I’m in the middle of a lot of big projects lately, and occasionally stalling, so I am currently fascinated by how people can get quickly from an Idea to a Thing, especially when they can reduce it to the minimum number of steps.
I was making some notes on this (I’ll post more about these journals in due course!), thinking about the difference between collage as a metaphor for the process of ideas, and the actual practice of collage, which is a lot more immediate but less universal as an analogy.
Conclusion (apparently): The Bayeux tapestry is not a collage.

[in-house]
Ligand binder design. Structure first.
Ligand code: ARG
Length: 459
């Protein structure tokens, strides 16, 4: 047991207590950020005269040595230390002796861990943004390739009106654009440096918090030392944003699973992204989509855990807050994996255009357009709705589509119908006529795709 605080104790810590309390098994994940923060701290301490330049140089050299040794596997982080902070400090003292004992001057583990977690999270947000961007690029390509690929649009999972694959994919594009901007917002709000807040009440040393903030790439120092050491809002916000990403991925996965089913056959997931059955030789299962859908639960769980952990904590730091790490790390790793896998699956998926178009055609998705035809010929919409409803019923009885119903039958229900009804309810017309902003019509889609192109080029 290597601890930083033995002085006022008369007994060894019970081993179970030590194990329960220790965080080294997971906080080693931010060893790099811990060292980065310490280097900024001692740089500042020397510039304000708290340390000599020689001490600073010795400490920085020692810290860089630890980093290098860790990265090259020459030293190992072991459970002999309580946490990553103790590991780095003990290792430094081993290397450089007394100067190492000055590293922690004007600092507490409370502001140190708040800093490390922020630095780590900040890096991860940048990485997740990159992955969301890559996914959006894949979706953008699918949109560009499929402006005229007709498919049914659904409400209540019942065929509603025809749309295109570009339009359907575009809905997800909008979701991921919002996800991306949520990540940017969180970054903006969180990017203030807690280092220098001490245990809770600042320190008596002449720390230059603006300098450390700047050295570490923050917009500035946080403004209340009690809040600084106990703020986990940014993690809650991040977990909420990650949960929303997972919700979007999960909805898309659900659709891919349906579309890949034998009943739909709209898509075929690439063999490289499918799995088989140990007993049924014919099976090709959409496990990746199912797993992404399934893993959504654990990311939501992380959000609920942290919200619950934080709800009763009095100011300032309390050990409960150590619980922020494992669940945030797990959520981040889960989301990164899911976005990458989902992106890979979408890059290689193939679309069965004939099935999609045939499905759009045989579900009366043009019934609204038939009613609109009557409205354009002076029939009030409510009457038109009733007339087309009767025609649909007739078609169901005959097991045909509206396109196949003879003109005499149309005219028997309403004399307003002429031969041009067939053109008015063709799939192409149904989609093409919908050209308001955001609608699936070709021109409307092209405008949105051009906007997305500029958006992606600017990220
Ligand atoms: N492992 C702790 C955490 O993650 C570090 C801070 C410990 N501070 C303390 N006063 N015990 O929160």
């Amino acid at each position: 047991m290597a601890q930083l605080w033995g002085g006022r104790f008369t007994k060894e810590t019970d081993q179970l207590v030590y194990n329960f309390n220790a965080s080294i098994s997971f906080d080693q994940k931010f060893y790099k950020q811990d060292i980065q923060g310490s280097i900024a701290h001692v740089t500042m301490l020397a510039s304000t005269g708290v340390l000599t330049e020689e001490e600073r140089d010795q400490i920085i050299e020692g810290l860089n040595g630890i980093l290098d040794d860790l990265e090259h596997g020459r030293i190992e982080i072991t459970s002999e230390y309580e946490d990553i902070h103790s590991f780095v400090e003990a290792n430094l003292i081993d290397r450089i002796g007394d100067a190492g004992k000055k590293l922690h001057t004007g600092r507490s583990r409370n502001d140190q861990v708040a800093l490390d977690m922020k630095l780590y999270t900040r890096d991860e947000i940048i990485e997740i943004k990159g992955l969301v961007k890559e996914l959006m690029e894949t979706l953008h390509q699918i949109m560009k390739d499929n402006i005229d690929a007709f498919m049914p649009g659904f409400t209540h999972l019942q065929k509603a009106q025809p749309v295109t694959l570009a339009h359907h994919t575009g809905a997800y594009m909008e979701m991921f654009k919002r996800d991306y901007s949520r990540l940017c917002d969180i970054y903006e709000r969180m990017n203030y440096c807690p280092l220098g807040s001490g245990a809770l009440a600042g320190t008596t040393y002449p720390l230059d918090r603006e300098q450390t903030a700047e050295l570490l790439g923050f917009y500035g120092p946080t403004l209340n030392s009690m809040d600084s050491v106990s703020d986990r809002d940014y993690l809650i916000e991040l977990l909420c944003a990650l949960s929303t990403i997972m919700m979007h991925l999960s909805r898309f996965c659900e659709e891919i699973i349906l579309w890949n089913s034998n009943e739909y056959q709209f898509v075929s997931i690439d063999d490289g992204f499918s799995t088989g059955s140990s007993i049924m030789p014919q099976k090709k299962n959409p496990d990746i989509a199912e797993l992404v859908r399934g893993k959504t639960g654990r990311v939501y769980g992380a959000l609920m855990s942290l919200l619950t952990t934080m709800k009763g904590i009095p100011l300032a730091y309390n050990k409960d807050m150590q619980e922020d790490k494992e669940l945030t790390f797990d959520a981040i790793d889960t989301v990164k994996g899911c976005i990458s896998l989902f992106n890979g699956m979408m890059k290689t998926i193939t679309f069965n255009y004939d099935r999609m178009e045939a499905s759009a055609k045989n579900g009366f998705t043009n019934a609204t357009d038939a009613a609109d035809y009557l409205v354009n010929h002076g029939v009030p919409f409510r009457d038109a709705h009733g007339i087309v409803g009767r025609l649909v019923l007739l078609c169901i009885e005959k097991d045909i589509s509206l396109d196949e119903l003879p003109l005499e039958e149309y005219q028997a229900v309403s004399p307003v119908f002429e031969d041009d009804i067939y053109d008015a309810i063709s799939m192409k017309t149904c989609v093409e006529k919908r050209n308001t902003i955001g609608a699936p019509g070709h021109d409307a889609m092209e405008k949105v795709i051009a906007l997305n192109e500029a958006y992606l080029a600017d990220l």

I meant to do a collage, because I found some clippings in an old notebook, but I was disgruntled and headachey and didn’t have a glue stick and the a/c was too breezy but I didn’t want to move. So I just took all the bits I was going to use and drew them into a collage.
- Photo of a macaw from an unknown magazine. (I used to live on a street with a vet surgery at the bottom of it; the vet had two macaws he’d bring to work with him. Sometimes I’d see them out on the weekend, eating icecream together. The macaws had blue tongues.)
- Hat from a battered Richard Scarry book (possibly, evidence suggests, Busy, Busy Town).
- Thought balloon from a Judy Horacek cartoon — the only place I can find it online is here. Some of you may know Horacek’s work primarily from (Where is the Green Sheep (written by Mem Fox), the sheep in which have been ranked here: All of the Sheep in My Son’s Picture Book Ranked by How Much I Hate Them.